Hoary aster is a fairly attractive biennial or short-lived perennial which would be well suited for the dryland garden. In form, it varies from several lightly branched stems to plants which are diffusely branched, and in size from 10-100 cm high. Its herbage ranges from canescent-puberulent to stipitate-glandular. It may occasionally be entirely lacking of any hairs. The basal leaves range from spatulate to linear-oblanceolate in shape with serrate to entire margins, and range up to 10 cm long and 15 mm wide. The basal leaves may be deciduous by bloom time. The stem leaves are alternately arranged and are generally smaller in size as well as linear in shape (See photo below.).
The numerous flower heads are at the tips of the main stem or side branches. The 8-50 rays are a bright bluish purple and range form 5-12 mm long. These surround a narrow, yellowish central disk. The involucreranges from 6-10 mm high with canescent and/or glandular herbage with overlapping, outwards reflexed bracts with short greenish, squarrose tips.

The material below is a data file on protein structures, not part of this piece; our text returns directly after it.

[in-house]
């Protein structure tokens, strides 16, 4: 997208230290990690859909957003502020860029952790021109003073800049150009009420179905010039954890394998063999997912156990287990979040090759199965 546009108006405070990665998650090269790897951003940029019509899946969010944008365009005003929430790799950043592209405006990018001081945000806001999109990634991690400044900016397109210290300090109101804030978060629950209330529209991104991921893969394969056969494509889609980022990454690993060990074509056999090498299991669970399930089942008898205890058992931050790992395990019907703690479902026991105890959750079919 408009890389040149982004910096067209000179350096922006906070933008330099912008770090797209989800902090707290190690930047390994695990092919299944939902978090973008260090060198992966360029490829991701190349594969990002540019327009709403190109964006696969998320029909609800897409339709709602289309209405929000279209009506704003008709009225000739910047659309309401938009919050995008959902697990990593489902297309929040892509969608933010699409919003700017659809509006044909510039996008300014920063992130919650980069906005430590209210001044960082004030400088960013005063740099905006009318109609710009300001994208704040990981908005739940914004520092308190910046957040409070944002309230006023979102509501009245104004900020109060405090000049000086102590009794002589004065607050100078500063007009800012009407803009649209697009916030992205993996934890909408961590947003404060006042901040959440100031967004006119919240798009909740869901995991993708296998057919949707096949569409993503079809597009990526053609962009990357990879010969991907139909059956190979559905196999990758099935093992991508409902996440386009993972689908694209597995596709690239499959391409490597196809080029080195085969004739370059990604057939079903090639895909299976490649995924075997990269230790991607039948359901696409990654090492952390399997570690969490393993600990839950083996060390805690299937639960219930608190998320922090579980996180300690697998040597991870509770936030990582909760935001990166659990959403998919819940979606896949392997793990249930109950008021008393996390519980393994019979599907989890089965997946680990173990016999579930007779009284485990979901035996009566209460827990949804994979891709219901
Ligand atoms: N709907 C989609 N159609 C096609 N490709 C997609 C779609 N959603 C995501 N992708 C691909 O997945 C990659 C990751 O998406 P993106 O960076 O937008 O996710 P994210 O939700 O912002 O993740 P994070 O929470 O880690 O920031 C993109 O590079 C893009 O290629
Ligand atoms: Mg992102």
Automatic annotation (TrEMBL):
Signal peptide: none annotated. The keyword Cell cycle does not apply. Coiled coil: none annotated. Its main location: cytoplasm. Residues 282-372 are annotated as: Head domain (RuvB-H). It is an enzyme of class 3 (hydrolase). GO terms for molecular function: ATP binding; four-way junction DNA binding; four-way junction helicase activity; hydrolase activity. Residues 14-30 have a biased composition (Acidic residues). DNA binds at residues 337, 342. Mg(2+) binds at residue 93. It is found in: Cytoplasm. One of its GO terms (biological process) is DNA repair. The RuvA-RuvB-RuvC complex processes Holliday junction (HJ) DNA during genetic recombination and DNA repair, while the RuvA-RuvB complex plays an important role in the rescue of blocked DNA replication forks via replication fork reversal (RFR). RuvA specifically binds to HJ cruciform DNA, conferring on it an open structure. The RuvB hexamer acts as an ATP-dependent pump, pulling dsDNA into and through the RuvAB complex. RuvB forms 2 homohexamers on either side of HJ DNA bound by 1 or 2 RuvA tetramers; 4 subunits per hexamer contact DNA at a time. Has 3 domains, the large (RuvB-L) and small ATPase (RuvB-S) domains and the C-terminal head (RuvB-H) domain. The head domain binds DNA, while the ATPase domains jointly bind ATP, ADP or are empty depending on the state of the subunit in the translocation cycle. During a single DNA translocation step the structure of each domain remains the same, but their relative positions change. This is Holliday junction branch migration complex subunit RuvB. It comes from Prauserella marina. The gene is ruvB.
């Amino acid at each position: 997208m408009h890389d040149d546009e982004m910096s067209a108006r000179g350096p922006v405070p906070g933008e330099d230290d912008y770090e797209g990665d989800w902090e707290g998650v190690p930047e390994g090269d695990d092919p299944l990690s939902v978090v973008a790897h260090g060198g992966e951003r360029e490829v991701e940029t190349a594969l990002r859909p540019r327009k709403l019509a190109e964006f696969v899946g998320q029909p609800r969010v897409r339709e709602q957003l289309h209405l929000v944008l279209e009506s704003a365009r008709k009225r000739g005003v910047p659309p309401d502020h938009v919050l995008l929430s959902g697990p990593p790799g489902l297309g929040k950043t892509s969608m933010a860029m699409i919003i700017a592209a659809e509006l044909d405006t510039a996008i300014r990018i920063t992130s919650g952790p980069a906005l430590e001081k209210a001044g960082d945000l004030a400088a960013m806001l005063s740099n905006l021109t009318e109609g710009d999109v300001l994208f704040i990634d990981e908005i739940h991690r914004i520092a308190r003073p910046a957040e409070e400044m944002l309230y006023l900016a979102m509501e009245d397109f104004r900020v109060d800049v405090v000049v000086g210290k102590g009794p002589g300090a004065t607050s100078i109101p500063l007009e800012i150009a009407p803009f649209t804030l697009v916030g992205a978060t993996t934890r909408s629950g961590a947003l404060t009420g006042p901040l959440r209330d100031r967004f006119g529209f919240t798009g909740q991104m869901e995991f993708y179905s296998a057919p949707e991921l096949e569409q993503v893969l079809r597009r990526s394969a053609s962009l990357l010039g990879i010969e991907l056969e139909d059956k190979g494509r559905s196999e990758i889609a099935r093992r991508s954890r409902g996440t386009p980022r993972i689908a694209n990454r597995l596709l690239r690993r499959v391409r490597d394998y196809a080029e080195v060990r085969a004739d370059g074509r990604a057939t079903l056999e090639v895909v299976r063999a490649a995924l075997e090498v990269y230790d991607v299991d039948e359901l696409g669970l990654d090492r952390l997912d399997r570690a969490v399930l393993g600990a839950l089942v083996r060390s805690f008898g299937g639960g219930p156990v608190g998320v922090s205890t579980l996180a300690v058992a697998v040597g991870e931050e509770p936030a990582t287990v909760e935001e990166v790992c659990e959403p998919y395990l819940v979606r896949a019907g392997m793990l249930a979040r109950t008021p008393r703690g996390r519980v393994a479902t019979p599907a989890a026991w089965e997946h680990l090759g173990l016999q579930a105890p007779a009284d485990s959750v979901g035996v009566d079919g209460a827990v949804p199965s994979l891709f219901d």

Variety incana has large flower heads with up to 50 rays and more vigorous growth.
Hoary aster is found in open, dry habitats from the lowands to more than 3000 meters in the mountains. It is probably more common at lower elevations.
Hoary aster may be found over much of western North America. It is found fromBritish Columbia south (to the east of the Cascade Mts.) to southern California and east to North Dakota,, South Dakota, Nebraska, Nevada, cdentral ARizona, and central New Mexico.
It is found east of Lyle, WA between the elevations of 100'-300'. Variety incana is found only in this area.